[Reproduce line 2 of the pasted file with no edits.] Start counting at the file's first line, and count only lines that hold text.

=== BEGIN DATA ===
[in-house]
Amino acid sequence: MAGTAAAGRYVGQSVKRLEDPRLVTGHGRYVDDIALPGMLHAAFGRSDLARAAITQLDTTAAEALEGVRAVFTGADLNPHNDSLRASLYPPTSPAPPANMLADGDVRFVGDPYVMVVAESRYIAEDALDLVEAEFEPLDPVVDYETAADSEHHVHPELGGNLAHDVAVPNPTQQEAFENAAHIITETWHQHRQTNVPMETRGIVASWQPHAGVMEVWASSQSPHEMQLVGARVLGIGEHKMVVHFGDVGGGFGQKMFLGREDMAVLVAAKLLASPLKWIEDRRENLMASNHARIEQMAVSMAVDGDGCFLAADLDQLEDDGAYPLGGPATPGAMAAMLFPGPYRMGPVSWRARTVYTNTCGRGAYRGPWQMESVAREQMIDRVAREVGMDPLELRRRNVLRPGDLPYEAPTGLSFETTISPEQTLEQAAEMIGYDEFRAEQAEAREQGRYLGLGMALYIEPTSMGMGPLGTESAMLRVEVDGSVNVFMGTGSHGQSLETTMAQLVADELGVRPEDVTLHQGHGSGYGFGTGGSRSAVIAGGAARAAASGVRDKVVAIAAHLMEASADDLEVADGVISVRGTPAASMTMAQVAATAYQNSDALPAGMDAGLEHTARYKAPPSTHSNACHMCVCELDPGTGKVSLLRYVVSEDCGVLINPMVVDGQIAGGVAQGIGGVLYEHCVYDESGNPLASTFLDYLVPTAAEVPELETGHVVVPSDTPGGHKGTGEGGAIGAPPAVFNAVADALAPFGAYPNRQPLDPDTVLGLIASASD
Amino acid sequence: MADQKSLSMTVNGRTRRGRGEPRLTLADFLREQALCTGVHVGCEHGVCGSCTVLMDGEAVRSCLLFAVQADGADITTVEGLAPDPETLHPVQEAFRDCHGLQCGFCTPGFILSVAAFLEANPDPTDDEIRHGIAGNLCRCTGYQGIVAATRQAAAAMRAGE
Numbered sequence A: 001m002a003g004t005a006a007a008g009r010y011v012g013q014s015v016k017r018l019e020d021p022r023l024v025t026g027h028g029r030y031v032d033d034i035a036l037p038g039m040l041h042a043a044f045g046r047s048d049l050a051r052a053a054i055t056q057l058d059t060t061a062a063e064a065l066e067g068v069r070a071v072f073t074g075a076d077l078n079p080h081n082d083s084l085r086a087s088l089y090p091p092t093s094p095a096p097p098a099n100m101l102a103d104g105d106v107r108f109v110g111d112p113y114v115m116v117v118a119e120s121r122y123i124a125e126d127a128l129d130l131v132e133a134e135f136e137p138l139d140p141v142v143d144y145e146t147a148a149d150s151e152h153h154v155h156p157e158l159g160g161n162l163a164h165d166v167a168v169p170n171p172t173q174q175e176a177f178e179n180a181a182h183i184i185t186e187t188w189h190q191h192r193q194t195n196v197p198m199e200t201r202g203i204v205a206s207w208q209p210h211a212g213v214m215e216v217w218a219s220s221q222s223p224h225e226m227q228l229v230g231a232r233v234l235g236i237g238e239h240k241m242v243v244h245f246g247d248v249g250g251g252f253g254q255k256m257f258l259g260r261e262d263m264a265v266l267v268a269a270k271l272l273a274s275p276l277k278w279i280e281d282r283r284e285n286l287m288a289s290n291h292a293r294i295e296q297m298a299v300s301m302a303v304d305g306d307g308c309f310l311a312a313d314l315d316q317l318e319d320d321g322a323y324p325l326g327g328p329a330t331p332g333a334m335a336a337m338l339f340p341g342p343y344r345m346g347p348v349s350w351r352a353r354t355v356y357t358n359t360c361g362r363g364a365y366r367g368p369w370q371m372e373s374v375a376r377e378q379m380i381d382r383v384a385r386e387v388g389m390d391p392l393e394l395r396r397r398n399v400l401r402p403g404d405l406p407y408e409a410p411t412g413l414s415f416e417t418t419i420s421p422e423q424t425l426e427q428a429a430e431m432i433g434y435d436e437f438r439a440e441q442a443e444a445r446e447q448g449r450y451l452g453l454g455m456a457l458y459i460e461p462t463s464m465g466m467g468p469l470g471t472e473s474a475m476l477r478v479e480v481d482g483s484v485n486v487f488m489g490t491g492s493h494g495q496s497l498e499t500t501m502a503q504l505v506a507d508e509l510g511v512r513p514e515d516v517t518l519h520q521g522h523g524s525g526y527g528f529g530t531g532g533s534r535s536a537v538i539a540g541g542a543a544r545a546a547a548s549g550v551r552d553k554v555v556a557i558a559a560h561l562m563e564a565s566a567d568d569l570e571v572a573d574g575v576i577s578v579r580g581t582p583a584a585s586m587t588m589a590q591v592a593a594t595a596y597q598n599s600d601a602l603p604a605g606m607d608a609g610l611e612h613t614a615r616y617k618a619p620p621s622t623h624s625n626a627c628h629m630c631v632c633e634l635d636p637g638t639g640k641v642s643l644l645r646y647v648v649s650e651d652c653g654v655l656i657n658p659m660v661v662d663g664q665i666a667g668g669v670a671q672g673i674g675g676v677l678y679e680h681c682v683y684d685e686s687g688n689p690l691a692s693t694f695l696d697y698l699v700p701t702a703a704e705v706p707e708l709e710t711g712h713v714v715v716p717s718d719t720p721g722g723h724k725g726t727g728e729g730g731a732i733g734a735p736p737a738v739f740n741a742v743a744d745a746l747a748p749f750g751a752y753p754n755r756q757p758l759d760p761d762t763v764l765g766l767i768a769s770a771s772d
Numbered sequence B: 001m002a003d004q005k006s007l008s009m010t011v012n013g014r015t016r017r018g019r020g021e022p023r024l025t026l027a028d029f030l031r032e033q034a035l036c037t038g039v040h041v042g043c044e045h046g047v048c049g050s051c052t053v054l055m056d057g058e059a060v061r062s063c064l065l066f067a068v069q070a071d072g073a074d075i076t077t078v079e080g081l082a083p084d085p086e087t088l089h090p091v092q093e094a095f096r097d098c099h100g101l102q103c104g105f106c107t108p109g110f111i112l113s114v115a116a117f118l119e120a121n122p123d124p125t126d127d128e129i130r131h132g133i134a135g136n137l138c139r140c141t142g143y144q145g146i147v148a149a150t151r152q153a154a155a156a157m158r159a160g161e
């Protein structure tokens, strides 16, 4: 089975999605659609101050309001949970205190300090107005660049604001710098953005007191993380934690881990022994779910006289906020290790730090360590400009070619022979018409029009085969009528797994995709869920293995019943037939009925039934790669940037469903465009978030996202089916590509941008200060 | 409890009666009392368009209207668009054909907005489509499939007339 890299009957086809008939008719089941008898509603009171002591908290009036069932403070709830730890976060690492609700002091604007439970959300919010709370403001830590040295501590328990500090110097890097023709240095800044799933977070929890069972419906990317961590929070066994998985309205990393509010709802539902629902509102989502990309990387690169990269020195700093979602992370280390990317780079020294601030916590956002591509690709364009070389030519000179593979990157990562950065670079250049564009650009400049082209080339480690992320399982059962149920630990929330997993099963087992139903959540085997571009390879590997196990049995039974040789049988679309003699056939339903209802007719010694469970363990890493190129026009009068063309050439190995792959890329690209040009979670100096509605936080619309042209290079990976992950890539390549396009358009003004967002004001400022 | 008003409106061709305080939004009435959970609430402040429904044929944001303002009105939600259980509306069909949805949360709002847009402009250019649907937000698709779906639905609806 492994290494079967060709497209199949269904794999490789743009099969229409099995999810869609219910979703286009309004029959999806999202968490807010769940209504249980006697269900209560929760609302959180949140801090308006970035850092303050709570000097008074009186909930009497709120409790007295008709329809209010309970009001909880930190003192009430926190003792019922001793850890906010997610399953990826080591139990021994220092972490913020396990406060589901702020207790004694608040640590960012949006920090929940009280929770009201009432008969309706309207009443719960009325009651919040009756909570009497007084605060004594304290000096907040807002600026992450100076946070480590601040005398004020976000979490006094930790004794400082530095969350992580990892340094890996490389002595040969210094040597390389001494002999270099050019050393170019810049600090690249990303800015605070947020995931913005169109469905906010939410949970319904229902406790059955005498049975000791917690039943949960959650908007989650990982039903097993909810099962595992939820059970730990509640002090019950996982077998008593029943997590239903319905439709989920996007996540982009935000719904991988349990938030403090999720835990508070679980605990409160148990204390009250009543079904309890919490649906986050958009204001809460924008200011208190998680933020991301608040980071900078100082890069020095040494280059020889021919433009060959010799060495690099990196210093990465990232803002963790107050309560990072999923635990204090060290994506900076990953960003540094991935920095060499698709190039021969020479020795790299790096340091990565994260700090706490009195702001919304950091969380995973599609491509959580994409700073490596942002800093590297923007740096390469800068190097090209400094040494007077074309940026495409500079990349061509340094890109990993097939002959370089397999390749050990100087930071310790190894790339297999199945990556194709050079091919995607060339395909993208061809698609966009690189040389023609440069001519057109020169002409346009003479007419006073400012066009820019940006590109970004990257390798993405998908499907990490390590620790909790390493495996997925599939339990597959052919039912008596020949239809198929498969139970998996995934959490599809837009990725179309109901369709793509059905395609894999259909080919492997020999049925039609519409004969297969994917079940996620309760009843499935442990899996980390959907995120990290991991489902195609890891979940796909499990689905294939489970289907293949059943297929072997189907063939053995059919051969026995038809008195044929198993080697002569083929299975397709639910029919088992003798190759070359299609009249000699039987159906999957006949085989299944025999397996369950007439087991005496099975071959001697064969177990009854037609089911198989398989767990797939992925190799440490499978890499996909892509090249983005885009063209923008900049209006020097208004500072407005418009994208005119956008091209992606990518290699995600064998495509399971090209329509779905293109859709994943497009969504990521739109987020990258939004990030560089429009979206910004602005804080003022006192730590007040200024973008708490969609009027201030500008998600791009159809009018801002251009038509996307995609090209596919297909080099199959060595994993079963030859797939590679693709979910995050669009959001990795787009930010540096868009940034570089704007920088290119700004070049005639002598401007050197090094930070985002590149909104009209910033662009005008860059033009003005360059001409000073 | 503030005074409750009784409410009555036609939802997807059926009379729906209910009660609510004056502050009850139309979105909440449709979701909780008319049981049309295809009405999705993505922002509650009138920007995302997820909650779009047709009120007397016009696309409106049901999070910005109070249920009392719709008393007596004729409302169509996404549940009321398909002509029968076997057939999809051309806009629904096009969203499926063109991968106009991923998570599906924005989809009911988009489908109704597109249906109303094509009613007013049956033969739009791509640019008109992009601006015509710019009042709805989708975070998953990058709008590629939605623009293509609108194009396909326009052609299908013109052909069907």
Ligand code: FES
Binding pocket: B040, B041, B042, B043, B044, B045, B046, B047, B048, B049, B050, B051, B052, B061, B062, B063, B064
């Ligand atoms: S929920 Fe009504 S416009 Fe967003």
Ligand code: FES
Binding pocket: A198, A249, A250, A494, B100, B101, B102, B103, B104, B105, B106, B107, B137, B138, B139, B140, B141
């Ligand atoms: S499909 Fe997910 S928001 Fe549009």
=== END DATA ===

Amino acid sequence: MAGTAAAGRYVGQSVKRLEDPRLVTGHGRYVDDIALPGMLHAAFGRSDLARAAITQLDTTAAEALEGVRAVFTGADLNPHNDSLRASLYPPTSPAPPANMLADGDVRFVGDPYVMVVAESRYIAEDALDLVEAEFEPLDPVVDYETAADSEHHVHPELGGNLAHDVAVPNPTQQEAFENAAHIITETWHQHRQTNVPMETRGIVASWQPHAGVMEVWASSQSPHEMQLVGARVLGIGEHKMVVHFGDVGGGFGQKMFLGREDMAVLVAAKLLASPLKWIEDRRENLMASNHARIEQMAVSMAVDGDGCFLAADLDQLEDDGAYPLGGPATPGAMAAMLFPGPYRMGPVSWRARTVYTNTCGRGAYRGPWQMESVAREQMIDRVAREVGMDPLELRRRNVLRPGDLPYEAPTGLSFETTISPEQTLEQAAEMIGYDEFRAEQAEAREQGRYLGLGMALYIEPTSMGMGPLGTESAMLRVEVDGSVNVFMGTGSHGQSLETTMAQLVADELGVRPEDVTLHQGHGSGYGFGTGGSRSAVIAGGAARAAASGVRDKVVAIAAHLMEASADDLEVADGVISVRGTPAASMTMAQVAATAYQNSDALPAGMDAGLEHTARYKAPPSTHSNACHMCVCELDPGTGKVSLLRYVVSEDCGVLINPMVVDGQIAGGVAQGIGGVLYEHCVYDESGNPLASTFLDYLVPTAAEVPELETGHVVVPSDTPGGHKGTGEGGAIGAPPAVFNAVADALAPFGAYPNRQPLDPDTVLGLIASASD